A challenging note, stating a date that one John Macnab intends to poach from their estates without being caught, was sent to three prominent Scottish landowners.   In the case of success the landowners had to donate £50 to a charity of their choice.  In the case of failure, John Macnab would donate £100 to a charity.  The landlords hired men to keep guard 24 hours a day and the chances of success was rated at one in a hundred.
The interesting part of the story is that the three poachers all operated under the name “John Macnab”.  Two of them had to poach a deer each, and one had to catch a salmon.  Birds did not feature in the story.  The hunters used several helpers and planned their actions meticulously in order to distract the guards. 
Sightings of the poacher “John Macnab” caused confusion as there was conflicting evidence about his identity.  Was he a gentleman or a tramp?
One hunter was caught but he escaped.  The other hunter successfully poached a deer and the other caught his salmon. 
With time the challenge of Macnab changed to the modern day version of shooting a free-ranging buck, catching a game fish and shooting a game bird all in one day during legal shooting light.

Lady Grey-Home | The Village | Accommodation | History

 

 

 

 

 

 

 

 

Accommodation

Also Visit...

 

 

 

 

Annual Events...

 

 

 

 

 

 

 

 

 

 

Page sponsored by — Mountain View Country Inn — Lady Grey

The Challenge

The challenge of the Macnab originates from a book written by John Buchan, published in 1925 under the title John Macnab.  It is an adventure story about three members of London’s upper class society, a banker, a cabinet Minister and an ex-attorney general.   Sitting at their club, utterly bored, they concocted a rejuvenating challenge that would add a little danger and excitement to their lives.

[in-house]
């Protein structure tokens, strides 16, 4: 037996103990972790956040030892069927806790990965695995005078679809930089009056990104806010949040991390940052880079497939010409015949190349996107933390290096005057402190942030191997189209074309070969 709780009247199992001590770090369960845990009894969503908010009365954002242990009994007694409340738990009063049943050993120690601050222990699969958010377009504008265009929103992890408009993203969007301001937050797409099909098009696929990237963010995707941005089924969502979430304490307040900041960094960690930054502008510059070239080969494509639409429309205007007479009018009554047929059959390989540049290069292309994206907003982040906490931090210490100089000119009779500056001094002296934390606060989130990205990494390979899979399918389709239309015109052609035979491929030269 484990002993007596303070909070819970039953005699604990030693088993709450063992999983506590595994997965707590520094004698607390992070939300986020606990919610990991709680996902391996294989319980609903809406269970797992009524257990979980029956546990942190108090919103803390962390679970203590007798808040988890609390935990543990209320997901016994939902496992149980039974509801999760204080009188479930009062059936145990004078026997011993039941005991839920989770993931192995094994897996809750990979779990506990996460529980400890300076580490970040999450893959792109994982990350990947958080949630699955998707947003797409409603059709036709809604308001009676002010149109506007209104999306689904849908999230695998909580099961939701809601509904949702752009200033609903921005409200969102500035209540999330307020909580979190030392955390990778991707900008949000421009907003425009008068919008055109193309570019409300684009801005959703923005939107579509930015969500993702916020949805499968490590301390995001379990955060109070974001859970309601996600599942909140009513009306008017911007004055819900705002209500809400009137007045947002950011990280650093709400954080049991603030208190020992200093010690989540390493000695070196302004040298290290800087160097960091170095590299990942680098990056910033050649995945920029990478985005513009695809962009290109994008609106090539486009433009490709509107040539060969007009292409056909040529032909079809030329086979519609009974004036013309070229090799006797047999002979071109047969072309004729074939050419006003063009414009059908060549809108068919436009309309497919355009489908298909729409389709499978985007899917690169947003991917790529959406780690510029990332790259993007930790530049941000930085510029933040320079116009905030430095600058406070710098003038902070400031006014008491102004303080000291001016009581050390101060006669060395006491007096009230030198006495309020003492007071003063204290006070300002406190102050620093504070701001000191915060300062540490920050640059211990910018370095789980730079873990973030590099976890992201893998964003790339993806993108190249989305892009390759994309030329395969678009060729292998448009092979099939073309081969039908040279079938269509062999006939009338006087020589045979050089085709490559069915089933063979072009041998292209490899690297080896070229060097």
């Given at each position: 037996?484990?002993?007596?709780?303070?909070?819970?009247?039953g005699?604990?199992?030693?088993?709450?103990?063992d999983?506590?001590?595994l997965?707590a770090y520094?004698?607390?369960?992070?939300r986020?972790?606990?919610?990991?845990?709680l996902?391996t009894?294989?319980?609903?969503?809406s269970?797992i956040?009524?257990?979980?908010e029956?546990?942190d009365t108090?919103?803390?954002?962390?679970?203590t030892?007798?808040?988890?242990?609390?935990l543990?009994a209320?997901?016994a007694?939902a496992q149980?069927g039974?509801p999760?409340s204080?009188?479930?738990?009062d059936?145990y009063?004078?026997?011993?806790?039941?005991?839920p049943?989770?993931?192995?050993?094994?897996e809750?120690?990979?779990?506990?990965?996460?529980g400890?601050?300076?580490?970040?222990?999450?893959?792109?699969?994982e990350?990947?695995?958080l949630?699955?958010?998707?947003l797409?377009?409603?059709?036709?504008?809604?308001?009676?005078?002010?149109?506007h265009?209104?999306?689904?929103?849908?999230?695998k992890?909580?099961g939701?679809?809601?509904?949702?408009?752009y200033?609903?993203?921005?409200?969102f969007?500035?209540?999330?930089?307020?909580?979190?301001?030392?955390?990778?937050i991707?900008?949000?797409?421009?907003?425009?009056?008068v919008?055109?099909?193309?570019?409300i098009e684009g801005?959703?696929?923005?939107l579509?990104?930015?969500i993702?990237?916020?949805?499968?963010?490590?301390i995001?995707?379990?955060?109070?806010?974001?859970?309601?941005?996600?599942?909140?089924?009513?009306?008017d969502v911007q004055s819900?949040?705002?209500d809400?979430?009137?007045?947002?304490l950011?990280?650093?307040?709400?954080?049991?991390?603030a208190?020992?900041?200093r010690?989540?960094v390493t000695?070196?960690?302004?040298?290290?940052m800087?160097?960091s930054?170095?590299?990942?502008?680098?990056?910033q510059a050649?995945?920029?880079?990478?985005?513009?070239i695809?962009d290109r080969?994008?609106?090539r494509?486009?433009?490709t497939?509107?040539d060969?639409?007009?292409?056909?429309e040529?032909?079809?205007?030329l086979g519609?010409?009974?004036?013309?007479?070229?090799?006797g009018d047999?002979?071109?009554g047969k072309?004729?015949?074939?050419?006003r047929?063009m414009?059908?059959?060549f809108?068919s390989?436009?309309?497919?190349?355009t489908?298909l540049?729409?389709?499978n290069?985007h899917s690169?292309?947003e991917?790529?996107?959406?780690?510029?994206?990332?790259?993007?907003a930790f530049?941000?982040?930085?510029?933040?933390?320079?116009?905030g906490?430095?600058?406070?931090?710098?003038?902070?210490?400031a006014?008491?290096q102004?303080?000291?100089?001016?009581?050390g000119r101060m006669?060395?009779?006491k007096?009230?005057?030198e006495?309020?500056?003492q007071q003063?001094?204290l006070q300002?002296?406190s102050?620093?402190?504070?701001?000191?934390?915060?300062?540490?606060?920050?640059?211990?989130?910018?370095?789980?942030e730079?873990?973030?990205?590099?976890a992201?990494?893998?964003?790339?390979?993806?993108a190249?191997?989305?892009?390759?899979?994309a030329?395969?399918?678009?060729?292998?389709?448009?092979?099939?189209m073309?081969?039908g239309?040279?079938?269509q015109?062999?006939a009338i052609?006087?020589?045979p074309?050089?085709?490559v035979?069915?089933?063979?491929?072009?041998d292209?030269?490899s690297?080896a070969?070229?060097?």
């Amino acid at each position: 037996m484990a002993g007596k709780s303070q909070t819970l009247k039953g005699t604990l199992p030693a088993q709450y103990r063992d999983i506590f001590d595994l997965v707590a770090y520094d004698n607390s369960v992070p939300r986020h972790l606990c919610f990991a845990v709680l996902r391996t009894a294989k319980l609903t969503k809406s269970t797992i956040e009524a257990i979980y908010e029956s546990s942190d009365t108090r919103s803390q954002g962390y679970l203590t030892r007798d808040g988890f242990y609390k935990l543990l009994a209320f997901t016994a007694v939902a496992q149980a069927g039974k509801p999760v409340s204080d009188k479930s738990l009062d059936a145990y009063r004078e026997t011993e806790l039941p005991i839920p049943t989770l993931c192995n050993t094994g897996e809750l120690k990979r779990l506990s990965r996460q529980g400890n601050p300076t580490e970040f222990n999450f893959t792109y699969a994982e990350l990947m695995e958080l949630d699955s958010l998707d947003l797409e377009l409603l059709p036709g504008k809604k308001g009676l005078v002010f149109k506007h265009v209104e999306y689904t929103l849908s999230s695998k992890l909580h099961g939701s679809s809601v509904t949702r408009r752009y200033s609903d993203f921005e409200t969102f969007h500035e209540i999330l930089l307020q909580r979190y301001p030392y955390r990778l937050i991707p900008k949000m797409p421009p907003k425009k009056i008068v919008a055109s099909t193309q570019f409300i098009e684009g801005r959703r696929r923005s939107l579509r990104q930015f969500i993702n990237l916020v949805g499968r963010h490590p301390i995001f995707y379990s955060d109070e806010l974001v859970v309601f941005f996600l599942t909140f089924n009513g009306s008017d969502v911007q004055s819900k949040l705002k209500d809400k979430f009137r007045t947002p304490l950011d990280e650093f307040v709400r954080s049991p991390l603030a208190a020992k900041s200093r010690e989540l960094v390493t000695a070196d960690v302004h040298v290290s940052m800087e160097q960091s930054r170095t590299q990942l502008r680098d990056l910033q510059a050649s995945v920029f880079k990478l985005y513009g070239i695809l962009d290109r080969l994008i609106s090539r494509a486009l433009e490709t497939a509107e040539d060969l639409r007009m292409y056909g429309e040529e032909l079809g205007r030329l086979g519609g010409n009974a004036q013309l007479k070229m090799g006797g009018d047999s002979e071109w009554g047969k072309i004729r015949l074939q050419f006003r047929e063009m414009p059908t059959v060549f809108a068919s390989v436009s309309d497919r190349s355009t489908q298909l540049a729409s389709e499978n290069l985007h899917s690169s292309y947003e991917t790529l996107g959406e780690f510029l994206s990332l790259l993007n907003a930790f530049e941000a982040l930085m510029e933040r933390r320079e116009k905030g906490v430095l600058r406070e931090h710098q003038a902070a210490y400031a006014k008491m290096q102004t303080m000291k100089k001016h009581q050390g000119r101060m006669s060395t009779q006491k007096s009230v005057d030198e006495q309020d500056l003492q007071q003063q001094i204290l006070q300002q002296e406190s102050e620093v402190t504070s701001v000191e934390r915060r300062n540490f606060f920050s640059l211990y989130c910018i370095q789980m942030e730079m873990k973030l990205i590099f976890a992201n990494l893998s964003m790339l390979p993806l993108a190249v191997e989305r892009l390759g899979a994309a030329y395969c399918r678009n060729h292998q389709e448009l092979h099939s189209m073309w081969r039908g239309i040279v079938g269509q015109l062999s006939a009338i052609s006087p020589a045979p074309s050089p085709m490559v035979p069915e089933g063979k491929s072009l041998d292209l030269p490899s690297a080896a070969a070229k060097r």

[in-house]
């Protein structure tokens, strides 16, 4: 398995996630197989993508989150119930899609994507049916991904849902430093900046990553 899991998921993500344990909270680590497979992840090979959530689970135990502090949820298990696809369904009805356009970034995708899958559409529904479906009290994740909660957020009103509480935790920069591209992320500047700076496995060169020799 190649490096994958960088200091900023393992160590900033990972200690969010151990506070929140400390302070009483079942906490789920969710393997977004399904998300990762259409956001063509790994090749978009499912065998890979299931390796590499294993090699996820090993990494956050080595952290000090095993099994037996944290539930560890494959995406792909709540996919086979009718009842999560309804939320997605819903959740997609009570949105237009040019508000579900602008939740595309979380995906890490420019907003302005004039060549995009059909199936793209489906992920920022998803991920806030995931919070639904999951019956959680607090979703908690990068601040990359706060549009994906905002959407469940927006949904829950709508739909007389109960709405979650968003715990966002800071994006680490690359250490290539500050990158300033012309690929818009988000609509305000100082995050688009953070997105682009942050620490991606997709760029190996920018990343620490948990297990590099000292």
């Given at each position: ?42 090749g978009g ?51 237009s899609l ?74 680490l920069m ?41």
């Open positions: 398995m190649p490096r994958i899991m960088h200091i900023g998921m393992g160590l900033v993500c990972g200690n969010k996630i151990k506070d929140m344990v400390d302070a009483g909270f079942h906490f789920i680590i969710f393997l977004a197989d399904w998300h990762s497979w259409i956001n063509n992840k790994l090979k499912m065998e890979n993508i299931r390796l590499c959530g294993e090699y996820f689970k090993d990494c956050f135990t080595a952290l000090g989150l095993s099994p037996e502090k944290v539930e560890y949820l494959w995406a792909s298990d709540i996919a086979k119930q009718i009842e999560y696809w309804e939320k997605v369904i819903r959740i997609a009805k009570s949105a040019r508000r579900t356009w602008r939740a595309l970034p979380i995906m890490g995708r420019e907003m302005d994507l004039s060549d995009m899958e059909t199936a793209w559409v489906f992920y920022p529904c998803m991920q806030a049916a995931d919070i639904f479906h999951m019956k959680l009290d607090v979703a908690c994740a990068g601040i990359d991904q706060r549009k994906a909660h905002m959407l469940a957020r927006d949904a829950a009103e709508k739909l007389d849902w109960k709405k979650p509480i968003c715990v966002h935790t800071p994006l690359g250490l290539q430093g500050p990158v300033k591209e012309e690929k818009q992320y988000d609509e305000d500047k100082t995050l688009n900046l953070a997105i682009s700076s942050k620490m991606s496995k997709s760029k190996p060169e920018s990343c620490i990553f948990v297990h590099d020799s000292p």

A challenging note, stating a date that one John Macnab intends to poach from their estates without being caught, was sent to three prominent Scottish landowners.   In the case of success the landowners had to donate £50 to a charity of their choice.  In the case of failure, John Macnab would donate £100 to a charity.  The landlords hired men to keep guard 24 hours a day and the chances of success was rated at one in a hundred.
The interesting part of the story is that the three poachers all operated under the name “John Macnab”.  Two of them had to poach a deer each, and one had to catch a salmon.  Birds did not feature in the story.  The hunters used several helpers and planned their actions meticulously in order to distract the guards. 
Sightings of the poacher “John Macnab” caused confusion as there was conflicting evidence about his identity.  Was he a gentleman or a tramp?
One hunter was caught but he escaped.  The other hunter successfully poached a deer and the other caught his salmon. 
With time the challenge of Macnab changed to the modern day version of shooting a free-ranging buck, catching a game fish and shooting a game bird all in one day during legal shooting light.

 

 

 

 

 

 

 

 

Origin of the Lady Grey Royal MacNab challenge

 

In the late 1990’s border farmers from Lady Grey experienced an increase in stock theft.  This was of great concern and twelve years ago, Aubrey Fincham, Soon Cloete, Deon Vorster, Gawie Naudé, and Riaan Naudé had a meeting to find a solution.  They decided to employ a guard to patrol the farms on foot.  The idea of the Lady Grey Royal MacNab was born with the purpose of funding the employment of the guard.  It was a small start with 5 founder members and 4 hunters.  The Royal MacNab has grown into a fun filled three day event, has 25 members and can accommodate up to 26 hunters. 

The event usually takes place during a weekend in June.  It starts with a pub-lunch at Mountain View Country Inn on the Friday where the participants meet each other and the organisers.  After lunch the participants are given the opportunity to adjust their rifles and shoot guinea fowl.  The Hunt takes place on the Saturday.  A highlight of the event is the Scottish Evening that takes place on the Saturday evening.  The MacNab ends on the Sunday morning with a special Church service and the East London Caledonian Pipers providing the music.